1. I promised the reader, in the Memoirs, (see a note between the 20th and 21st Letter, Sect. 4.) to give him, in this place, the original argument of this capital Ode, as its author iad set it down on one of the pages of his common-place book It is as follows: The army of Edward I. as they march through a deep "valley, are suddenly stopped by the appearance of venerable "figure seated on the summit of an inaccessible rock who, with "a voice more than human, reproaches the [Kingwith all the "misery and desolation which he had brought on is country; "foretells the misfortunes of the Norman race, nd with pro"phetic spirit declares, that all his cruelty shall ner extinguish "the noble ardour of poetic genius in this islans and that men "shall never be wanting to celebrate true vijue and valour in "immortal strains, to expose vice and infampus pleasure, and "boldly censure tyranny and oppression. iis song ended, he "precipitates himself from the mountain, ad is swallowed up ४८ by the river that rolls at its foot." Fineas the conclusion of this Ode is at present, I think it would hav been still finer, if he could have executed it according to the plan; but unhappily for his purpose, instances of English Poets were wanting. Spenser had that enchanting flow of vese which was peculiarly calculated to celebrate Virtue and Valor; but he chose to celebrate them, not literally, but in allegry. Shakespeare, who had talents for every thing, was undobtedly capable of exposing Vice and infamous Pleasure; and th drama was a proper vehicle for his satire: but we do not everând that he professedly made this his object; nay, we know at, in one inimitable character, he has so contrived as to me vices of the worst kind, such as cowardice, drunkenness, dinonesty, and lewdness, not only laughable, but almost amiabe; for with all these sins on his head, who can help liking Falstaff? Milton, of all our great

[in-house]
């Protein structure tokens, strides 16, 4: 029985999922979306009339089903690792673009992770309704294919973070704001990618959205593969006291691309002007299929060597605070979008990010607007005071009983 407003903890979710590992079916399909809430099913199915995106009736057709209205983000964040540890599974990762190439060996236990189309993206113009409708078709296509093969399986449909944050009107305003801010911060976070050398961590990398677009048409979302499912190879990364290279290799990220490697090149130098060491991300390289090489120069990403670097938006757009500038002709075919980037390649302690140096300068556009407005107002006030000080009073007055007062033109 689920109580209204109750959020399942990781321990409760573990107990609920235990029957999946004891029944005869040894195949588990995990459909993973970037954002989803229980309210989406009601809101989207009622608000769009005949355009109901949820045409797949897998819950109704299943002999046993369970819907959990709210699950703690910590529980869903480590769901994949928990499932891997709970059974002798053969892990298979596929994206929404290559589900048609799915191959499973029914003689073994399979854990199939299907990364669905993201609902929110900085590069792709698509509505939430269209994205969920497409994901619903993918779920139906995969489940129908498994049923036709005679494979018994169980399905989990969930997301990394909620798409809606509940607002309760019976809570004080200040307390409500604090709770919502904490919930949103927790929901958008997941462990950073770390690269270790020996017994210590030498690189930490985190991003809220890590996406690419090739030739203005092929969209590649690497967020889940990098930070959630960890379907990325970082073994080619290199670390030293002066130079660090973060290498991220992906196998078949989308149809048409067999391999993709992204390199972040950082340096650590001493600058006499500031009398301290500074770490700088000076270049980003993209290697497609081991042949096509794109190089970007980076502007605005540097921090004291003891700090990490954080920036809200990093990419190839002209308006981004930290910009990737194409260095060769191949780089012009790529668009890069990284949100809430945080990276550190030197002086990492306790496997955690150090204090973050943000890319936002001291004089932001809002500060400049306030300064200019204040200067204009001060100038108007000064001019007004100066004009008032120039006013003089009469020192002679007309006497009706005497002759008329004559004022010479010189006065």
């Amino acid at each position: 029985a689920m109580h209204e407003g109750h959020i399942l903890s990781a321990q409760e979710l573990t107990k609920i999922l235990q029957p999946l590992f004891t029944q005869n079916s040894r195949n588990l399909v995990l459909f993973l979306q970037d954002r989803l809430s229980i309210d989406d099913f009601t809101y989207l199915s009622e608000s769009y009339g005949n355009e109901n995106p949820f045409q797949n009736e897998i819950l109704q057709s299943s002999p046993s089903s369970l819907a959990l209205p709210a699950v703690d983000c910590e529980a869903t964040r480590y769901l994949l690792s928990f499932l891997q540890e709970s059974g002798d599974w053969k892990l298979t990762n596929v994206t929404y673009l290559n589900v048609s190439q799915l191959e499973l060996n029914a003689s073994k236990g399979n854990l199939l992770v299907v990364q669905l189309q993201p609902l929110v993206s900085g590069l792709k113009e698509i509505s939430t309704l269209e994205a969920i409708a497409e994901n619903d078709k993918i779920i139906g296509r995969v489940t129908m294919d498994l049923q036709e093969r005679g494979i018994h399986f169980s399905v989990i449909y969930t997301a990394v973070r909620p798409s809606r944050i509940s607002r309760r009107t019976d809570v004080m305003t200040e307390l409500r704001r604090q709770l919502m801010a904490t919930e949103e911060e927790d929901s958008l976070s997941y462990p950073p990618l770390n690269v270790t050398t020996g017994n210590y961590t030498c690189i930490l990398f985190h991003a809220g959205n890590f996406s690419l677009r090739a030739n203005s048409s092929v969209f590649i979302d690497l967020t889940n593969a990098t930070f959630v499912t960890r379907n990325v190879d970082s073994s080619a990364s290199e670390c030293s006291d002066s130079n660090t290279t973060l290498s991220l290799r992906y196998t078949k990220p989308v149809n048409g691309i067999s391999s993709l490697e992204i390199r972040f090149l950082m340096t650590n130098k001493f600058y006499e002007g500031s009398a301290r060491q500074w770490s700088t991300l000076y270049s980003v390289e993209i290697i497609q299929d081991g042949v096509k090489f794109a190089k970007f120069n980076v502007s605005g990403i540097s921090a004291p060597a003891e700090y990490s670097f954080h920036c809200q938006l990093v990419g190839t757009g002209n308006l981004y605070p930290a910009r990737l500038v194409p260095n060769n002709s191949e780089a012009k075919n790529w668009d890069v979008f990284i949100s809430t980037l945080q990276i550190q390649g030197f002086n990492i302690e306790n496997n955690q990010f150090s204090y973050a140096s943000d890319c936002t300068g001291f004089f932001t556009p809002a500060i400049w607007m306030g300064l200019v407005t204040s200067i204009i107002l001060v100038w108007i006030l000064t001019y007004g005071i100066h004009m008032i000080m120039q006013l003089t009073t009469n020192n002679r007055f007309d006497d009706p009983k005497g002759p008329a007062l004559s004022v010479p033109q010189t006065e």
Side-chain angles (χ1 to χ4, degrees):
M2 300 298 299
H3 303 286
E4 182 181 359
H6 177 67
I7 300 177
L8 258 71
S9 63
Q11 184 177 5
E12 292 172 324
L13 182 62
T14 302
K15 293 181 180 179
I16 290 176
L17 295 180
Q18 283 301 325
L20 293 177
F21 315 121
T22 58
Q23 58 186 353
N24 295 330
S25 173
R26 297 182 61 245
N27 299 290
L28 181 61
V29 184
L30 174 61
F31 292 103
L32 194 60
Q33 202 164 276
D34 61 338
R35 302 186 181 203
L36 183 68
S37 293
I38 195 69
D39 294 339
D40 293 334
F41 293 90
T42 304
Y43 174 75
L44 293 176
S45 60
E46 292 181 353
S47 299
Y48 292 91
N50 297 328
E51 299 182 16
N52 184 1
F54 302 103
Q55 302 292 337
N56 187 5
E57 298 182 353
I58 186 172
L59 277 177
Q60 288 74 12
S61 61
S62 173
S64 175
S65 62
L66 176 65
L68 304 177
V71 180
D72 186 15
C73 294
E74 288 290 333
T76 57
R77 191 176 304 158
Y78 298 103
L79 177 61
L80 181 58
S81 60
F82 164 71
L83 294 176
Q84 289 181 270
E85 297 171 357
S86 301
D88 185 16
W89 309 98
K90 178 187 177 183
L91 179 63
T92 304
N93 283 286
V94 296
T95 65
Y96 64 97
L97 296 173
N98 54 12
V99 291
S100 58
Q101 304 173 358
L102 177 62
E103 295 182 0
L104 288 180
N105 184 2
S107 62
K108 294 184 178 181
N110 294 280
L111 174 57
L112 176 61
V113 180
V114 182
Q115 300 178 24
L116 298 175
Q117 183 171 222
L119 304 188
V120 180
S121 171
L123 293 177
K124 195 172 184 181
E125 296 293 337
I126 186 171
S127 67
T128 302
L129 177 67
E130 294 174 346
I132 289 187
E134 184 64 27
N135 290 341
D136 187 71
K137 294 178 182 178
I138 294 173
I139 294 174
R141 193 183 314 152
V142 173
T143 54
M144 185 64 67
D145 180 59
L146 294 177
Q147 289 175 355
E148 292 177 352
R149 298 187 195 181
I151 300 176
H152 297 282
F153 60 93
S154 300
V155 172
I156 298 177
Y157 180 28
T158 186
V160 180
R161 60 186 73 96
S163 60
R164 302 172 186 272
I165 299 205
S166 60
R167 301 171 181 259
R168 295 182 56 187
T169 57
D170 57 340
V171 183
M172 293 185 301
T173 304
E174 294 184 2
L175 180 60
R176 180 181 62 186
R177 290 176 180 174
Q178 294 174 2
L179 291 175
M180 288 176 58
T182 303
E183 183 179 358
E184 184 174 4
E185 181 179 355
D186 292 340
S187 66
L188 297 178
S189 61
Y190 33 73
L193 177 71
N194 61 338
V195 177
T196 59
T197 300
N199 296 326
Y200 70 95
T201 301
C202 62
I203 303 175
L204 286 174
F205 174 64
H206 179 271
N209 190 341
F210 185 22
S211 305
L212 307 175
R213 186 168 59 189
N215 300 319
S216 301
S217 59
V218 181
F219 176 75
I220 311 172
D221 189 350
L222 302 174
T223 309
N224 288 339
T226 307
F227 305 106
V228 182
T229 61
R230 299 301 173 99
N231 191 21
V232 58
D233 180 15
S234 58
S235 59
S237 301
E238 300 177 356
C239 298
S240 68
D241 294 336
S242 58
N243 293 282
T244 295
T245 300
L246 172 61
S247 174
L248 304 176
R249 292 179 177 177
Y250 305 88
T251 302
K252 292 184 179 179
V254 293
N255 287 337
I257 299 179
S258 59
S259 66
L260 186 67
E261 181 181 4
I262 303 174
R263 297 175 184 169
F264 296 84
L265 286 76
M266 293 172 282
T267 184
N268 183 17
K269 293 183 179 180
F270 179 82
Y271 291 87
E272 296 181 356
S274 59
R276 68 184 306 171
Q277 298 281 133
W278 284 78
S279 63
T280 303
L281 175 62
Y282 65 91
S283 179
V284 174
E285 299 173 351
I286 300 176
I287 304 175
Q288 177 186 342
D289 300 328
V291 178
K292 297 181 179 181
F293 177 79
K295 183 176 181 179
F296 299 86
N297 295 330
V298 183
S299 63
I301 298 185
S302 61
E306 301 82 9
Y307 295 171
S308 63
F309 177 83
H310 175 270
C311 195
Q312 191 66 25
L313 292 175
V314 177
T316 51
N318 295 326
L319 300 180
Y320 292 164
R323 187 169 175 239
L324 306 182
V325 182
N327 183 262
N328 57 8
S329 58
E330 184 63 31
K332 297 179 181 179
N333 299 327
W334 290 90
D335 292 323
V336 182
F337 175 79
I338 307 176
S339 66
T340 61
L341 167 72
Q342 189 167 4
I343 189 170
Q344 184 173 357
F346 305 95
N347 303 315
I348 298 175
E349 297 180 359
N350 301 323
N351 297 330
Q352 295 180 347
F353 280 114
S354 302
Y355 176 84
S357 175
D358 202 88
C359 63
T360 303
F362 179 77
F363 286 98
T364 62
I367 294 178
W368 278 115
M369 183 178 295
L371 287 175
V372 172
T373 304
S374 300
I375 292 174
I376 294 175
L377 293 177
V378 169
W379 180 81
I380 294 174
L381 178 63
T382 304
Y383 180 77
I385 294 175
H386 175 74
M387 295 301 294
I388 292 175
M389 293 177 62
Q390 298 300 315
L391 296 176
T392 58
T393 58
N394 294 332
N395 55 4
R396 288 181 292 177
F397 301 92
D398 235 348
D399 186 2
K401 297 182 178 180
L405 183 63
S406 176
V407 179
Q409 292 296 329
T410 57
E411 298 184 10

Poets, was the only one who boldly censured Tyranny and Oppres sion: but he chose to deliver this censure, not in poetry, but in prose. Dryden was a mere court parasite to the most infamous of all courts. Pope, with all his laudable detestation of corruption and bribery, was a Tory; and Addison, though a Whig and a fine writer, was unluckily not enough of a Poet for his purpose. On these considerations Mr. Gray was necessitated to change his plan towards the conclusion: Hence we perceive, that in the last epode he praises Spenser only for his allegory, Shakespeare for his powers of moving the passions, and Milton for his epic excellence. I remember the Ode lay unfinished by him for a year or two on this very account; and I hardly believe that it would ever have had his last hand but for the circumstance of his hearing Parry play on the Welch Harp at a concert at Cambridge, (see Letter xxv. sect. iv.) which he often declared inspired him with the conclusion.